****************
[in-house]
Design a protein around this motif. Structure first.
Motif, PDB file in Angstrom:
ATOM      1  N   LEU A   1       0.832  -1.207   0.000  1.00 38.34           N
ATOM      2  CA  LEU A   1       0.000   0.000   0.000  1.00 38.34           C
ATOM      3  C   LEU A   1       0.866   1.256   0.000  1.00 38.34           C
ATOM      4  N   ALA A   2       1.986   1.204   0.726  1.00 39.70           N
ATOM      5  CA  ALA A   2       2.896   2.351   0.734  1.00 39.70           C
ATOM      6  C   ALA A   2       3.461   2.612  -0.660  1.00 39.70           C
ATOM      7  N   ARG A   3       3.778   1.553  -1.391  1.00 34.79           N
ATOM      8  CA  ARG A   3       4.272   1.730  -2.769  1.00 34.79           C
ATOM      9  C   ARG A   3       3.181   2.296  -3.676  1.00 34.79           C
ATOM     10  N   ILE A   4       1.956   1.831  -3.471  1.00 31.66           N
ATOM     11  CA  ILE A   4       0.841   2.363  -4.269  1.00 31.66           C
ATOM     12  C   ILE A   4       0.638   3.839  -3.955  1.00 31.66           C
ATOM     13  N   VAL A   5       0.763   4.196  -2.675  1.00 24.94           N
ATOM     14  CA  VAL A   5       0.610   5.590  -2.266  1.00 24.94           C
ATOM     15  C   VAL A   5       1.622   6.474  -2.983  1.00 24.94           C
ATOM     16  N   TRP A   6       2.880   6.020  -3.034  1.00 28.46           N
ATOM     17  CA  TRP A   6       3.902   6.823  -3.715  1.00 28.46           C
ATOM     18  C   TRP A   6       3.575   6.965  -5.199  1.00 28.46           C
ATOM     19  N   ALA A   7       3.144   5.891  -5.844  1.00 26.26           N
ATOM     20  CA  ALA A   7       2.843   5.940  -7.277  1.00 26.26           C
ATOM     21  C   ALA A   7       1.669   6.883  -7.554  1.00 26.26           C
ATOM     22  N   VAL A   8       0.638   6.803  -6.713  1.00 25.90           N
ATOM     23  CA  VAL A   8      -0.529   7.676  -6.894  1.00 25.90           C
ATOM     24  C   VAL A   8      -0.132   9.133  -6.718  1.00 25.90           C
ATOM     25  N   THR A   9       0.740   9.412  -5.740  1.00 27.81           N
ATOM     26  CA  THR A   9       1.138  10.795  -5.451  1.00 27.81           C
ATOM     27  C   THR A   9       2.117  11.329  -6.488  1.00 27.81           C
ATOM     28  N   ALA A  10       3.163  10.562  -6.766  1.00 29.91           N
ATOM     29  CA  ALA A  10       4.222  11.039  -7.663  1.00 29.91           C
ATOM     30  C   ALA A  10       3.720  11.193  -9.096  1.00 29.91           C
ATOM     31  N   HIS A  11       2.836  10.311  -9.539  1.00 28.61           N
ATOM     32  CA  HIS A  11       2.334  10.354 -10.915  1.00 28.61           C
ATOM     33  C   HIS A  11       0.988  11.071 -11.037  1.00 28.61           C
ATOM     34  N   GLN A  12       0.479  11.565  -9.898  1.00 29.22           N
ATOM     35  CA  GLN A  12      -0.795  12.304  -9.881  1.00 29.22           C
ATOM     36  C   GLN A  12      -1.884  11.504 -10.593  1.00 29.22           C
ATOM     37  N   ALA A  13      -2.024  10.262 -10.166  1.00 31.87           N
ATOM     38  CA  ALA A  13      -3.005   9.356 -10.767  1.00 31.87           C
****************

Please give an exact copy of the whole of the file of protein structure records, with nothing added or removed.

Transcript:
[in-house]
Design a protein around this motif. Structure first.
Motif, PDB file in Angstrom:
ATOM      1  N   LEU A   1       0.832  -1.207   0.000  1.00 38.34           N
ATOM      2  CA  LEU A   1       0.000   0.000   0.000  1.00 38.34           C
ATOM      3  C   LEU A   1       0.866   1.256   0.000  1.00 38.34           C
ATOM      4  N   ALA A   2       1.986   1.204   0.726  1.00 39.70           N
ATOM      5  CA  ALA A   2       2.896   2.351   0.734  1.00 39.70           C
ATOM      6  C   ALA A   2       3.461   2.612  -0.660  1.00 39.70           C
ATOM      7  N   ARG A   3       3.778   1.553  -1.391  1.00 34.79           N
ATOM      8  CA  ARG A   3       4.272   1.730  -2.769  1.00 34.79           C
ATOM      9  C   ARG A   3       3.181   2.296  -3.676  1.00 34.79           C
ATOM     10  N   ILE A   4       1.956   1.831  -3.471  1.00 31.66           N
ATOM     11  CA  ILE A   4       0.841   2.363  -4.269  1.00 31.66           C
ATOM     12  C   ILE A   4       0.638   3.839  -3.955  1.00 31.66           C
ATOM     13  N   VAL A   5       0.763   4.196  -2.675  1.00 24.94           N
ATOM     14  CA  VAL A   5       0.610   5.590  -2.266  1.00 24.94           C
ATOM     15  C   VAL A   5       1.622   6.474  -2.983  1.00 24.94           C
ATOM     16  N   TRP A   6       2.880   6.020  -3.034  1.00 28.46           N
ATOM     17  CA  TRP A   6       3.902   6.823  -3.715  1.00 28.46           C
ATOM     18  C   TRP A   6       3.575   6.965  -5.199  1.00 28.46           C
ATOM     19  N   ALA A   7       3.144   5.891  -5.844  1.00 26.26           N
ATOM     20  CA  ALA A   7       2.843   5.940  -7.277  1.00 26.26           C
ATOM     21  C   ALA A   7       1.669   6.883  -7.554  1.00 26.26           C
ATOM     22  N   VAL A   8       0.638   6.803  -6.713  1.00 25.90           N
ATOM     23  CA  VAL A   8      -0.529   7.676  -6.894  1.00 25.90           C
ATOM     24  C   VAL A   8      -0.132   9.133  -6.718  1.00 25.90           C
ATOM     25  N   THR A   9       0.740   9.412  -5.740  1.00 27.81           N
ATOM     26  CA  THR A   9       1.138  10.795  -5.451  1.00 27.81           C
ATOM     27  C   THR A   9       2.117  11.329  -6.488  1.00 27.81           C
ATOM     28  N   ALA A  10       3.163  10.562  -6.766  1.00 29.91           N
ATOM     29  CA  ALA A  10       4.222  11.039  -7.663  1.00 29.91           C
ATOM     30  C   ALA A  10       3.720  11.193  -9.096  1.00 29.91           C
ATOM     31  N   HIS A  11       2.836  10.311  -9.539  1.00 28.61           N
ATOM     32  CA  HIS A  11       2.334  10.354 -10.915  1.00 28.61           C
ATOM     33  C   HIS A  11       0.988  11.071 -11.037  1.00 28.61           C
ATOM     34  N   GLN A  12       0.479  11.565  -9.898  1.00 29.22           N
ATOM     35  CA  GLN A  12      -0.795  12.304  -9.881  1.00 29.22           C
ATOM     36  C   GLN A  12      -1.884  11.504 -10.593  1.00 29.22           C
ATOM     37  N   ALA A  13      -2.024  10.262 -10.166  1.00 31.87           N
ATOM     38  CA  ALA A  13      -3.005   9.356 -10.767  1.00 31.87           C